A year since the launch of a scheme which is meant to improve standards for private renters, it is claimed that at current sign-up rates, it'd take 100 years to reach the Mayor's target.
Just over 14,100 landlords have voluntarily agreed to the London Rental Standard (LRS), a code of practice including things such as a written rental agreement, protected deposit, reasonable notice of access, minimum times for emergency and urgent repairs and property conditions that comply with legal requirements. The Mayor wanted 100,000 of London's 300,000 landlords to have agreed to the LRS by May next year.
Shortly after the LRS launched, 13,512 landlords had signed up. Since then only 627 have put their names to it, which seems like quite the slow-down.
Labour’s London Assembly housing spokesperson, Tom Copley, said: "At the current rate, it will take over 100 years before the Mayor fulfils his promise to accredit 100,000 landlords — that’s more than embarrassing, it’s a scandal.
"We need real change in the private rented sector. Londoners need the peace of mind and security of longer tenancy agreements, caps on rent increases and an end to no fault evictions. Instead Boris Johnson’s soft touch and self-regulatory approach is leaving private renters with little protection from bad landlords."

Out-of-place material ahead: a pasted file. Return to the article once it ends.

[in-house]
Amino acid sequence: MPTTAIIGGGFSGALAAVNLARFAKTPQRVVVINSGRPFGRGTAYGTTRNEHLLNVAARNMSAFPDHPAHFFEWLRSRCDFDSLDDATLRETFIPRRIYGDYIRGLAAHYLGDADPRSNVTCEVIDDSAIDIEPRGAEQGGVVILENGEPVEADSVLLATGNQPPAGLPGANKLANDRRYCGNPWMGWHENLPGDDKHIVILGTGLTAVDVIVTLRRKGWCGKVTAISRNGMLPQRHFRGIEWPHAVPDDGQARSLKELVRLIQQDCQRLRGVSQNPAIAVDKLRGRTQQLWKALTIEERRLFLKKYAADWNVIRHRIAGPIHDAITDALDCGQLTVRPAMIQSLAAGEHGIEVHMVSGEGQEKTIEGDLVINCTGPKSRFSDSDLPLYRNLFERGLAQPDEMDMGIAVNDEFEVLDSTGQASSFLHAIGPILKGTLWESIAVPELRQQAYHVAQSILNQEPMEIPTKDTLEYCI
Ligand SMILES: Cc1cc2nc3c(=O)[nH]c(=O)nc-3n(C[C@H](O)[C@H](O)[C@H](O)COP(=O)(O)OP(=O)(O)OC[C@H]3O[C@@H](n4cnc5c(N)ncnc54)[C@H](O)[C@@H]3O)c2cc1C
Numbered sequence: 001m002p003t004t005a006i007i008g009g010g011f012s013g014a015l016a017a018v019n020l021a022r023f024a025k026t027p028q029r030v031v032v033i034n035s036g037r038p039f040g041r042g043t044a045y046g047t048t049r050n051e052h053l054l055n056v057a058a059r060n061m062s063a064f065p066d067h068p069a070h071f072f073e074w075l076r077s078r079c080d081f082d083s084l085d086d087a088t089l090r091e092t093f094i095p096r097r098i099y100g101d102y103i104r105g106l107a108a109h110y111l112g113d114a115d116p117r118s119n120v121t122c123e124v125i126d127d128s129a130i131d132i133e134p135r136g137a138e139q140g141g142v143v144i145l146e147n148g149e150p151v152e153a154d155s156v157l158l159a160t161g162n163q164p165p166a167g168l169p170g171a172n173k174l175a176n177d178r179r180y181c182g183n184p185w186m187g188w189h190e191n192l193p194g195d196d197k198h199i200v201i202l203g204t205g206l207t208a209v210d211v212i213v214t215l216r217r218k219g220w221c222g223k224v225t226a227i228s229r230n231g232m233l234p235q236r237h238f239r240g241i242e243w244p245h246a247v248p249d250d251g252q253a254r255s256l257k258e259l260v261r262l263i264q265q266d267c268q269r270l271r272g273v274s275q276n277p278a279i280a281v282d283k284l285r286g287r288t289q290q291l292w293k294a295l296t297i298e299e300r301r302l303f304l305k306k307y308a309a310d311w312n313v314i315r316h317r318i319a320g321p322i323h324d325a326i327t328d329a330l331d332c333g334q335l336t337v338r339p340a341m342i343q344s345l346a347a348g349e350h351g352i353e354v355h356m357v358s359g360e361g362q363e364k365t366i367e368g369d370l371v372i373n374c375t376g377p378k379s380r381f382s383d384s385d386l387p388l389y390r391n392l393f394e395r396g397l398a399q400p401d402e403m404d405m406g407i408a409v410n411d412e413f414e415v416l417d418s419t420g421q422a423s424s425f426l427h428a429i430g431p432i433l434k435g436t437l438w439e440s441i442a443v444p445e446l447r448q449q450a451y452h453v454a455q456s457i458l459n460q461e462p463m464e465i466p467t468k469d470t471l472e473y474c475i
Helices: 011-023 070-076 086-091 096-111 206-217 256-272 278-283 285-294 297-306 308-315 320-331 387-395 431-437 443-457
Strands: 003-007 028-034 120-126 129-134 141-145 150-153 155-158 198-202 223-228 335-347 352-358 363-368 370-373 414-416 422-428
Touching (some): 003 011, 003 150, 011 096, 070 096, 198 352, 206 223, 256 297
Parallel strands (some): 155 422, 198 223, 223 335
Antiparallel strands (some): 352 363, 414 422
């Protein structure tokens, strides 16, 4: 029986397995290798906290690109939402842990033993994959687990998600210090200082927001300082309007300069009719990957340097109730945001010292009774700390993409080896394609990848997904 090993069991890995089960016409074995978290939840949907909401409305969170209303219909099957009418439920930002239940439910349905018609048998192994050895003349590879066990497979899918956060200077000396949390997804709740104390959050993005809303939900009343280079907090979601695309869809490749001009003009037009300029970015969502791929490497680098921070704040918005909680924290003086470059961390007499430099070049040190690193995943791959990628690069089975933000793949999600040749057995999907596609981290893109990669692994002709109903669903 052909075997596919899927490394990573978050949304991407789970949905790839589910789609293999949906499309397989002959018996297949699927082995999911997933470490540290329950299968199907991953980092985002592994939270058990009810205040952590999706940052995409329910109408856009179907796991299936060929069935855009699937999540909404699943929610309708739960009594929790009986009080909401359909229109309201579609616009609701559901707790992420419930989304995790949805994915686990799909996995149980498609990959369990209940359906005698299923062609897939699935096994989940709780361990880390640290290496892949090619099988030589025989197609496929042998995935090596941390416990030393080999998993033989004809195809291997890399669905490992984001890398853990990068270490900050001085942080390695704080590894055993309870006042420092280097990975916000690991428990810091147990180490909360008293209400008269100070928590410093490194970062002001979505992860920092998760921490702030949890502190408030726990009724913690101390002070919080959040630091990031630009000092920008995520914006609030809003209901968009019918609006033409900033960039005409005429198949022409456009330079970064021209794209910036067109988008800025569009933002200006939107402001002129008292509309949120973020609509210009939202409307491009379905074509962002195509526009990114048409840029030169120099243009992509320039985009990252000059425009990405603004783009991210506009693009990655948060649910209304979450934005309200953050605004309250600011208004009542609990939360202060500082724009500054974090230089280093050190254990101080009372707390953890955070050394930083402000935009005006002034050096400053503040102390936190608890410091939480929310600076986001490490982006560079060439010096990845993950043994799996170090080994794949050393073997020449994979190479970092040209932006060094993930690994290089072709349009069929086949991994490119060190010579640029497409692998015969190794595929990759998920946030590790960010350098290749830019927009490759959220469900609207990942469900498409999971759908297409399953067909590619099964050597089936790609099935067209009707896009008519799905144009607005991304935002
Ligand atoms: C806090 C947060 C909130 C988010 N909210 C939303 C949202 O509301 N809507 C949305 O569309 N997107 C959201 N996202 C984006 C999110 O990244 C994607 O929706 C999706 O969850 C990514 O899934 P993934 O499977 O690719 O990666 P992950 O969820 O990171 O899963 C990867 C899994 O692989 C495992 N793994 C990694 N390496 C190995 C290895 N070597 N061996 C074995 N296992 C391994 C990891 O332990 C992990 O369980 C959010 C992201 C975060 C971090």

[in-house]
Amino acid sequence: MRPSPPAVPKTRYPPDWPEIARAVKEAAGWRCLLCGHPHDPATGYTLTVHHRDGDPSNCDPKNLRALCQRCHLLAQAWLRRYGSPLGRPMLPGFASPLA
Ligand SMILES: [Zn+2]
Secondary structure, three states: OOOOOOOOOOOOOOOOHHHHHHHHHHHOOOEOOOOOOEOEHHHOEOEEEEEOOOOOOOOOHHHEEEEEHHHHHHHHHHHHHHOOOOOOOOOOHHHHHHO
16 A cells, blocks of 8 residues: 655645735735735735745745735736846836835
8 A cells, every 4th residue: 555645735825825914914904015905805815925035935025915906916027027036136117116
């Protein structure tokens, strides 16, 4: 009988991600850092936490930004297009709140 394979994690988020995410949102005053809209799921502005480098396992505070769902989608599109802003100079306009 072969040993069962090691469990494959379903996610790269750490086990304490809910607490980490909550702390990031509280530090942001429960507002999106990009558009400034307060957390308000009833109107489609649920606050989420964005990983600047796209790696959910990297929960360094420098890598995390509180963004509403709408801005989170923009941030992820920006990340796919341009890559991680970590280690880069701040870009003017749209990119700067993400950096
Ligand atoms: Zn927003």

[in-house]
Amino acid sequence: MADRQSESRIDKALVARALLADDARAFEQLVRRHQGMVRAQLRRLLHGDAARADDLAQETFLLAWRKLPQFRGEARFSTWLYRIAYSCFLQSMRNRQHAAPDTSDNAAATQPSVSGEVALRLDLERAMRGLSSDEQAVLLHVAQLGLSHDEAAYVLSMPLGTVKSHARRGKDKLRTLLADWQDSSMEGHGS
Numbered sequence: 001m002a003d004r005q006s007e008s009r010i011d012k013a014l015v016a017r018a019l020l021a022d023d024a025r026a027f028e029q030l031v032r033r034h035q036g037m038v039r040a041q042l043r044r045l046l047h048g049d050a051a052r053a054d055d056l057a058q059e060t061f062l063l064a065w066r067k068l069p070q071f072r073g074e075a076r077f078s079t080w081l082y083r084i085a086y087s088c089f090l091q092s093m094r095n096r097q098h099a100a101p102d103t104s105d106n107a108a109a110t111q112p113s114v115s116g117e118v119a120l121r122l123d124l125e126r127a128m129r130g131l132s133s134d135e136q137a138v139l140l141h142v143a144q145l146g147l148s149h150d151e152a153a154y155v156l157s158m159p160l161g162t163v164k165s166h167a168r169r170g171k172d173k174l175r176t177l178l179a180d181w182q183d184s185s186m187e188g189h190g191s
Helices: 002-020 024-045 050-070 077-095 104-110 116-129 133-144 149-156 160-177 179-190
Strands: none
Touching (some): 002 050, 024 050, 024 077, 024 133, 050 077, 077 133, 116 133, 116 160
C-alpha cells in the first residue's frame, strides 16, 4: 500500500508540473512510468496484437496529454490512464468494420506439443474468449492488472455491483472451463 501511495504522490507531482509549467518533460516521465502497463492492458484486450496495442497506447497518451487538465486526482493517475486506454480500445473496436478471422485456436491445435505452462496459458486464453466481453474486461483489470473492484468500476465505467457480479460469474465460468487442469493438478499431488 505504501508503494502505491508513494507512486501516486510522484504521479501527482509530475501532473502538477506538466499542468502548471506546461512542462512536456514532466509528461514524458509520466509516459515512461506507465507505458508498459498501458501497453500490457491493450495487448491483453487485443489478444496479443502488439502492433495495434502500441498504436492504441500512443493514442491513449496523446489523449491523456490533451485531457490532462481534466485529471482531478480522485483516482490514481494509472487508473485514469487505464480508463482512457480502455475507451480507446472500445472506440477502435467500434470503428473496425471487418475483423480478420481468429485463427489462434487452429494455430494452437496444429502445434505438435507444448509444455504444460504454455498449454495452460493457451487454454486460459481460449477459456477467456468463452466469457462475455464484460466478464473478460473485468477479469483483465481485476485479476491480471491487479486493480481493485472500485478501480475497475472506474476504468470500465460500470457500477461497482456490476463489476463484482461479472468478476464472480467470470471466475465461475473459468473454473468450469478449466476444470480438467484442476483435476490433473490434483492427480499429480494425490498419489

The Mayor's office pointed to figures showing 331 letting agents managing around 121,000 properties had signed up.
Richard Blakeway, deputy mayor for housing, said: "Most landlords own just one property, whereas signing up a single branch of a letting agency reaches an estimated 200 homes.
"This is a huge success in one year and we look forward to working with thousands more landlords and agents to help get a better deal for renters as this scheme grows."
As we've previously pointed out, the fact the LRS is voluntary means it's only as good as your landlord — those who exploit tenants will never sign up to it.